First, invest more in health research. Though countries in our Region occupy center stage globally on economic and political matters, they lag behind in investment in health research. For example, Brazil’s per capita investment in health research is more than twice as much as in India, one of the leaders in health research in our Region. This is reflected in the body of scientific evidence generated to address priority health issues. Brazilian scientists produce nearly seven times more health-related scientific publications than those in Sri Lanka and nearly nine times more than those in India.

Secondly, our research needs to focus on and address the primary drivers of health. A recent review of scientific research in the Region found that health in general was under-prioritized and there was particular neglect of major sources of morbidity and mortality, including communicable diseases, noncommunicable diseases and traffic accidents. In a Region where poverty and social exclusion are at the root of many of our health problems, it is striking how little our research has focused on the social and structural determinants of health. The Region needs to reverse this neglect and give health research the priority it deserves.

Thirdly, we need to build our capacity and support strategic partnerships to undertake health research. We need to train a new generation of health researchers.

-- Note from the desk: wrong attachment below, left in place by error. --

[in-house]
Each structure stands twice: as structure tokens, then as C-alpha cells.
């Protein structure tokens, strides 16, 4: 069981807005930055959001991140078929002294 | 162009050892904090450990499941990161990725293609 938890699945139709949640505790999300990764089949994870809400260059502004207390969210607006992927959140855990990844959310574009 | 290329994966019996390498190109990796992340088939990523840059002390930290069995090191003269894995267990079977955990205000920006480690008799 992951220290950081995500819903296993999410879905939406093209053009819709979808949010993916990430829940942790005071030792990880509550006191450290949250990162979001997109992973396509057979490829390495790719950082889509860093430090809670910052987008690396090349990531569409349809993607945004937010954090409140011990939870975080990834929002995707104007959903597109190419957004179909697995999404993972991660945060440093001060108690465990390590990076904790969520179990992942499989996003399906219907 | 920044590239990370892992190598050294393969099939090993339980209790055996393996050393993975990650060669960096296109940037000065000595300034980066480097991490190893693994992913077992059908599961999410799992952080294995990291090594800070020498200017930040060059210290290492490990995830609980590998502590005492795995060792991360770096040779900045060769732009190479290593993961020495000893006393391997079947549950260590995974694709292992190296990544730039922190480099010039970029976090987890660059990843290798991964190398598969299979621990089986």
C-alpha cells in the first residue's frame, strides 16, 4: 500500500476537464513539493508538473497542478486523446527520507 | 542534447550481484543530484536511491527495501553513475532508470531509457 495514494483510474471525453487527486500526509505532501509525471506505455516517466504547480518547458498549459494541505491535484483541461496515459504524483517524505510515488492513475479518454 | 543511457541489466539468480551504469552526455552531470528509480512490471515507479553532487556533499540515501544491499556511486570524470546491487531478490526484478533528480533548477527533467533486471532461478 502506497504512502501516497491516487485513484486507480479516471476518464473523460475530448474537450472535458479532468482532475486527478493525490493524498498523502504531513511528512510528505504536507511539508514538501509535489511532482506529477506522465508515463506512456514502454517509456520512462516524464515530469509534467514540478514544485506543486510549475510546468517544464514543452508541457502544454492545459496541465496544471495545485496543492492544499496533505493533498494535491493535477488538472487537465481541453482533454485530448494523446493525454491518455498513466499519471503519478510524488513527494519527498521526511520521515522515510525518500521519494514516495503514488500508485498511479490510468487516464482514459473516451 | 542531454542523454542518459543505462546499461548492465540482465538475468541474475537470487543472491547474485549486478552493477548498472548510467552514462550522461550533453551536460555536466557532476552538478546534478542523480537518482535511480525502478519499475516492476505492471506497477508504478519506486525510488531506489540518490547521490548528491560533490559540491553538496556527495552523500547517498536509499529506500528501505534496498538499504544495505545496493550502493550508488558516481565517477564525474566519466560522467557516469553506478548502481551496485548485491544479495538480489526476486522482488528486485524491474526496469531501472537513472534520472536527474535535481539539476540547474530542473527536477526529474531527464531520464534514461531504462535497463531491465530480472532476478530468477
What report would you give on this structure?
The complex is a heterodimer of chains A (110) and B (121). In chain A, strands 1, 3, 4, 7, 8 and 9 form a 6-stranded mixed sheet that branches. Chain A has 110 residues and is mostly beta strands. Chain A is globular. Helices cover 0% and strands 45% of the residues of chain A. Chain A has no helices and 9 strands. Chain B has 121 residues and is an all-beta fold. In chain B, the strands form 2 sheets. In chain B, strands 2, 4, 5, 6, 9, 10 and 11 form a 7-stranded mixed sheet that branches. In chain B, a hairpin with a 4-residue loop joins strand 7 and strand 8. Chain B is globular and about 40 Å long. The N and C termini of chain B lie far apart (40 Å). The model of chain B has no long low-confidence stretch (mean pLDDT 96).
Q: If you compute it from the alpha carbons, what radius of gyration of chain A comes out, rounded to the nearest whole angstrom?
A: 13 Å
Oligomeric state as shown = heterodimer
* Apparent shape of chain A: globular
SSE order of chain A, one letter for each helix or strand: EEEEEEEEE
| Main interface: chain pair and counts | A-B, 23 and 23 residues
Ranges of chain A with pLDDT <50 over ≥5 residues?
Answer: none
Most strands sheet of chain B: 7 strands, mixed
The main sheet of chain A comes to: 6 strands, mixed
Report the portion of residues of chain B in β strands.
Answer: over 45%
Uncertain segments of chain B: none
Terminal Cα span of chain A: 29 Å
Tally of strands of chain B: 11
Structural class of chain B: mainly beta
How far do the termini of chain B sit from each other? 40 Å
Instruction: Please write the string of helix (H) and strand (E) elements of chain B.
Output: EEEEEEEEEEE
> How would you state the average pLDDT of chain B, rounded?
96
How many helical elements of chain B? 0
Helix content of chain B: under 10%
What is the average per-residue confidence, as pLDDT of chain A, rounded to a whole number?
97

Lastly and most importantly, we need to build regional commitment to prioritize and focus resources on scientific research that will help address critical health challenges.

Ladies and gentlemen,

The Advisory Committee on Health Research has been playing an important role in supporting the WHO Regional Office for promoting and coordinating health research.

Over the years the dimensions of research have changed considerably. Hence, the role and functions of ACHR also need to change to cater to the new demands and needs of our Member States in health research. In view of these changes, we have reviewed the existing framework of ACHR and would also like to hear from you. We have also developed a Regional Health Research Strategy with the aim to foster research in the Region. Based on global health research strategy of WHO, the regional strategy seeks to leverage the strengths of the Region to build a strong research system. It also seeks to define the role of SEARO in supporting enablers of health research, promoting research priorities and supporting translation of research into policies and practices.

We would need resources to implement this year’s ACHR recommendations and Health Research Strategy and, hence, I have invited various partners from around the globe for a two-day meeting, to identify areas of convergence and support.

At this 35th meeting, I look forward to ACHR identifying gaps as well critical health research priorities in the Region. This will help galvanize strategic research to give WHO South-East Asia the scientific tools and guidance it needs to achieve its health goals. Our regional health aspirations have never been greater, and your work has never been more important.

I wish you a productive meeting and a pleasant stay in New Delhi.

Thank you.